Watching how the money flows

David Andrew Singer

David Andrew Singer maps the influence of global capital flows among governments, banks, and individuals around the world.


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Eric Markowsky
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Financial activity and regulations have a delicate relationship. Construct too many rules and the flow of needed money can dry up. Have too few and it can lead to questionable behavior. It’s in this environment that David Singer works.

The MIT associate professor of political science studies international political economy, with two main focuses. One is banking crises and why some countries get hit harder than others. The second is the effect of money sent home by immigrants. At the core of both is how reliable funds can provide comfort and assurance to — and also inspire complacency in — both people and governments. As Singer says, it’s a dependability that can be tracked and that can provide a barometer to financial institutions and investors trying to find the elusive quality of predicting future behavior.

Trying to rein in activity

With banking crises, Singer tries to answer two questions: Why do they happen, and why are some economies more stable than others? The answers hinge on the amount of a country’s financial activity and the relationship between the conventional banking industry and non-banking financial institutions, he says. As an example, take the United States and Canada in 2008; the former had economic trouble while the latter experienced comparatively minor upheaval.

One possible reason, Singer says, is that the United States has more developed stock and derivative markets, and this vibrancy created incentives for bankers to take more risks than was probably prudent. Singer says that by understanding those kinds of factors, along with what regulations existed, precautions could be taken to prevent future downturns.

One possible idea is reinstating provisions of the Glass-Steagall Act. The Great Depression-era legislation separated commercial and banking activities and affiliations, but by the 1980s and '90s, the restrictions had eroded. Singer doesn’t necessarily believe that regulations would be the ultimate fix. “It doesn’t seem to matter if there’s a separation of banking and investment banking,” he says.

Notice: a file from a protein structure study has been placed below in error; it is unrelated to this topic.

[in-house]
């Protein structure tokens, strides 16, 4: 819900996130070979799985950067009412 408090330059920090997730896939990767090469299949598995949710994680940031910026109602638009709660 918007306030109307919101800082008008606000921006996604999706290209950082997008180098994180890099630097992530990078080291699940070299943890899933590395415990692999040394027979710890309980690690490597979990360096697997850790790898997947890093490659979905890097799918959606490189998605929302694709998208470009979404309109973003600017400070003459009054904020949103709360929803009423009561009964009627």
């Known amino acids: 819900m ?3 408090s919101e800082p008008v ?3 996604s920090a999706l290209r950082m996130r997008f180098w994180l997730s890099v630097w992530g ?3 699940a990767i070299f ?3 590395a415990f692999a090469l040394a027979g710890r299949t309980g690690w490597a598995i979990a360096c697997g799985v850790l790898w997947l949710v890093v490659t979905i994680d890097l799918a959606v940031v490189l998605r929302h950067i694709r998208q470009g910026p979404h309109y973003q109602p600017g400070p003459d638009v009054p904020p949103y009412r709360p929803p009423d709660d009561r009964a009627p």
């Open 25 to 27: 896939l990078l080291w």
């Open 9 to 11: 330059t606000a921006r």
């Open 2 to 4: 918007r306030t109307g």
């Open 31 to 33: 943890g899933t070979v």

The central element with economic vulnerability is the amount of market activity, and no amount of policies would eliminate risk, Singer says. Adding to the challenge is that bank owners reap the rewards of risk-taking, but society as a whole bears the costs of failures. Regulations, though, aren’t without merit, as they bring a focus on the drivers and incentives. One move that might help in the United States is instituting capital requirements, dictating how much a bank needs to hold in relationship to its lending portfolio. In the past, the percentage wasn’t high enough, and shoring that up would be an important first step in maximizing stability, Singer says.

With any kind of regulation, timing is key. There’s only a finite period to address a collapse. Once an economy improves, motivation lessens and inertia sets in. Singer says that the United States has only two more years to adopt any changes. While the banking and financial world may resist, he says that it, along with the government, has a mutual interest in being as crisis-proof as possible.

There will be a rebalancing of the global economy in the next several years as money returns to the United States and Europe. Attention will be paid to how much risk banks will be taking. In order to do business, people will need to feel that financial institutions will be there in 20 years. “I think it helps the banks if the public is confident in their stability,” Singer says.